Jackie Review

Natalie Portman once again enters the Oscar conversation with “Jackie,” Pablo Larraín’s English language debut detailing Jackie Kennedy after her husband’s assassination. The biopic is a daring and slicing look at a complex person when matched with Natalie Portman’s performance becomes an immersive experience that you will not forget.

Told in flashbacks during a magazine interview, “Jackie” explores the complex life the First Lady lead. It gave an inner look at the grief and tragedy she faced from her husband’s assassination and how she dealt with the constant media attention. As the film shows the events of the assassination and the subsequent funeral, it also gives Jackie a life. One that being the First Lady didn’t grant her. Instead of being the grieving widow, “Jackie” portrays her as a unique human who dealt with her problems in her own way and who wanted her husband to be more than just an assassinated president.  Upset that his legacy may be in jeopardy, Jackie arranges an interview to try and honor her late husband but makes it clear that this will only be for her.

Going into “Jackie,” I had little knowledge of Jackie Kennedy. I knew her as the widow in the pink pill dress and nothing more. In a way, this helped me understand her a little more. While people who knew of her saw her as a fashion icon (which, let’s be real, she was ahead of her time) and a widow, I got to see a human who had to face so many difficult choices all at once. I understand that the film wasn’t a documentary, but the actions and conversations felt as if they could’ve been from a transcript. The film didn’t pad or soften the bleak sadness of Jackie’s situation and didn’t try to make her likable or unlikable. The unwavering portrayal of Jackie Kennedy made the experience a worthwhile story of a girl who didn’t want to be the center of attention.

Natalie Portman is of magnificent form throughout the film. She plays the former First Lady with a depth that very few could achieve. Portman weaves between grieving widow, upset mother, and a determined woman who’s going to chose her own future. While Jackie Kennedy’s husband did not get to decide his legacy as most presidents get to, Portman’s determined performance of a woman who will stop at nothing to make her husband be remembered as a great man is heartbreaking. Portmans performance also makes it very clear that Jackie Kennedy never wanted the life she fell into. After seeing the film, it’s easy to see her spending her days in a small quiet town with her family until she got old, instead, she became the center the attention that the whole of America had their eye on.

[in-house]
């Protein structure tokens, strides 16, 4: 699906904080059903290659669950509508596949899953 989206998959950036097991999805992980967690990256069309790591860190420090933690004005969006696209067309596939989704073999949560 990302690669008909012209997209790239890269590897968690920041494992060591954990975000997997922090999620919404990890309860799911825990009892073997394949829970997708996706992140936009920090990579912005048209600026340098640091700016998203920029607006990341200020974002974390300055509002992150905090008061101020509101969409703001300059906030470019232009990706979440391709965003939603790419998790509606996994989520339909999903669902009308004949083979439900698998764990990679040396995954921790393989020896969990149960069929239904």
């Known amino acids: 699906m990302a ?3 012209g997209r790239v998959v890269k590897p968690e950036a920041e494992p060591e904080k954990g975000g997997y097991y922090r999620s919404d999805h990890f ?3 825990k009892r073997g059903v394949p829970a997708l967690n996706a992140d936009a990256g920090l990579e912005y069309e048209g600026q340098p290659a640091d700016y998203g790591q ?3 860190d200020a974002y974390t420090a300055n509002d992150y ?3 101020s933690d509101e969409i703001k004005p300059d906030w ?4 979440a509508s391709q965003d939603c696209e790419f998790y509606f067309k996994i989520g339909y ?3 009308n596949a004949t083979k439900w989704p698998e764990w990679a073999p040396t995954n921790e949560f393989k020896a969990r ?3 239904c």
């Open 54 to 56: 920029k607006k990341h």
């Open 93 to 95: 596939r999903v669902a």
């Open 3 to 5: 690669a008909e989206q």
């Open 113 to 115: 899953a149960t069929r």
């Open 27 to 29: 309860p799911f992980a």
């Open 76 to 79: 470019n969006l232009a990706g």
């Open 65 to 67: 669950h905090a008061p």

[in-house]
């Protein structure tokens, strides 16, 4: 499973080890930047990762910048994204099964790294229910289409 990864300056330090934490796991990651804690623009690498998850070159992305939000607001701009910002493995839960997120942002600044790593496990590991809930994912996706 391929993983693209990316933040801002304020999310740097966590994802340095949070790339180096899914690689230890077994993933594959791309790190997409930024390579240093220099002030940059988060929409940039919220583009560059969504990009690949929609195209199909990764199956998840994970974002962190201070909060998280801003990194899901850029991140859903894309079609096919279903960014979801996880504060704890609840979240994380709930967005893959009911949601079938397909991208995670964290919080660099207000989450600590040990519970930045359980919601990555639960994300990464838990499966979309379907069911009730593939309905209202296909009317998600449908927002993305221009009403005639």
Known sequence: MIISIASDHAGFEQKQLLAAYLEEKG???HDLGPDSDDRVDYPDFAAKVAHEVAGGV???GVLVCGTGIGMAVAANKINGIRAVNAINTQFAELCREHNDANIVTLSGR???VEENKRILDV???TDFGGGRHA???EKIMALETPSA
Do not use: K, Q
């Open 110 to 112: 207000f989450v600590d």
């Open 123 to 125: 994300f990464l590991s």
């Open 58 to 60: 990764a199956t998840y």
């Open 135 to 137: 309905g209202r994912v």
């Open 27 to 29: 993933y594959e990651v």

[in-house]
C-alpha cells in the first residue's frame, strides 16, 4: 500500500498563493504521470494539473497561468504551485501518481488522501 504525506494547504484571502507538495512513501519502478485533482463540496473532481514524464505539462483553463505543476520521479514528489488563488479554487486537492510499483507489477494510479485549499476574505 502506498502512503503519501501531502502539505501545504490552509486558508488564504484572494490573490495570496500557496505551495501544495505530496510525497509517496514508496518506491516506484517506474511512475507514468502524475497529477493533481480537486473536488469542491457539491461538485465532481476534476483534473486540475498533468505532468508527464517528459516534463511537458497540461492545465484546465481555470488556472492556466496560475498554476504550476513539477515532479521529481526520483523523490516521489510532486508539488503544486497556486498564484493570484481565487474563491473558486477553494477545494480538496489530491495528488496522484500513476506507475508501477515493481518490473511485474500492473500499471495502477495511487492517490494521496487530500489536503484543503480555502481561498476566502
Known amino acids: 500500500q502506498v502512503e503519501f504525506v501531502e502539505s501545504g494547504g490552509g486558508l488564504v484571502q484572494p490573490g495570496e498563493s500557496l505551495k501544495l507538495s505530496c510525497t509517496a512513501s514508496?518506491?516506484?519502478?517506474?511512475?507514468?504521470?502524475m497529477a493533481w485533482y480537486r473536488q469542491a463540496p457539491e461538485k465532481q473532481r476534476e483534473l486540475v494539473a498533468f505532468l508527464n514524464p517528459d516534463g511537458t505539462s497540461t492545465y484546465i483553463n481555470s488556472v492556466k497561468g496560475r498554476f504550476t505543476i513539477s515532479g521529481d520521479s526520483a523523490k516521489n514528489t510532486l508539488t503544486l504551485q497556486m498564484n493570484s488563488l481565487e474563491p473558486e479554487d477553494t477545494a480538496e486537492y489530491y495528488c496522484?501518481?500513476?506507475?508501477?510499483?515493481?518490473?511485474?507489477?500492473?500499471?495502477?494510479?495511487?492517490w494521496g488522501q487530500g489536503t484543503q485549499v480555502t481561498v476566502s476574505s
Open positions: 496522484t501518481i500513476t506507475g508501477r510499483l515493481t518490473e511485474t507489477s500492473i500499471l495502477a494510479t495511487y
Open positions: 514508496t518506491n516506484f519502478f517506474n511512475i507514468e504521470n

Larraín’s skills as a director come into play immediately as the film begins. The score blares to a black screen, giving a hint of what is to come. His direction is a large reason the film didn’t become a standard biopic that is good, but forgettable. The style and intercutting scenes make it hard to look away, even through the most difficult parts of the film. The giant and sweeping score also maintains the intensity and grandeur of Jackie. The close cut frame also makes it hard to look away from the pain of Jackie Kennedy, which Portman brings to life in an elegant and wonderful way.

Jackie doesn’t try to make Jackie Kennedy look like a hero. The film doesn’t smooth out or edges and try to make her likable. Jackie instead does something better, it tells the story of a complicated human who dealt with an unimaginable tragedy in front of the entire world. By doing this, the film not only soars but gives life to a woman whose conversation was dominated by the men in her life or her suffering.

Cast: A+

Script: A-

Cinematography: A

Score: A

Overall: A


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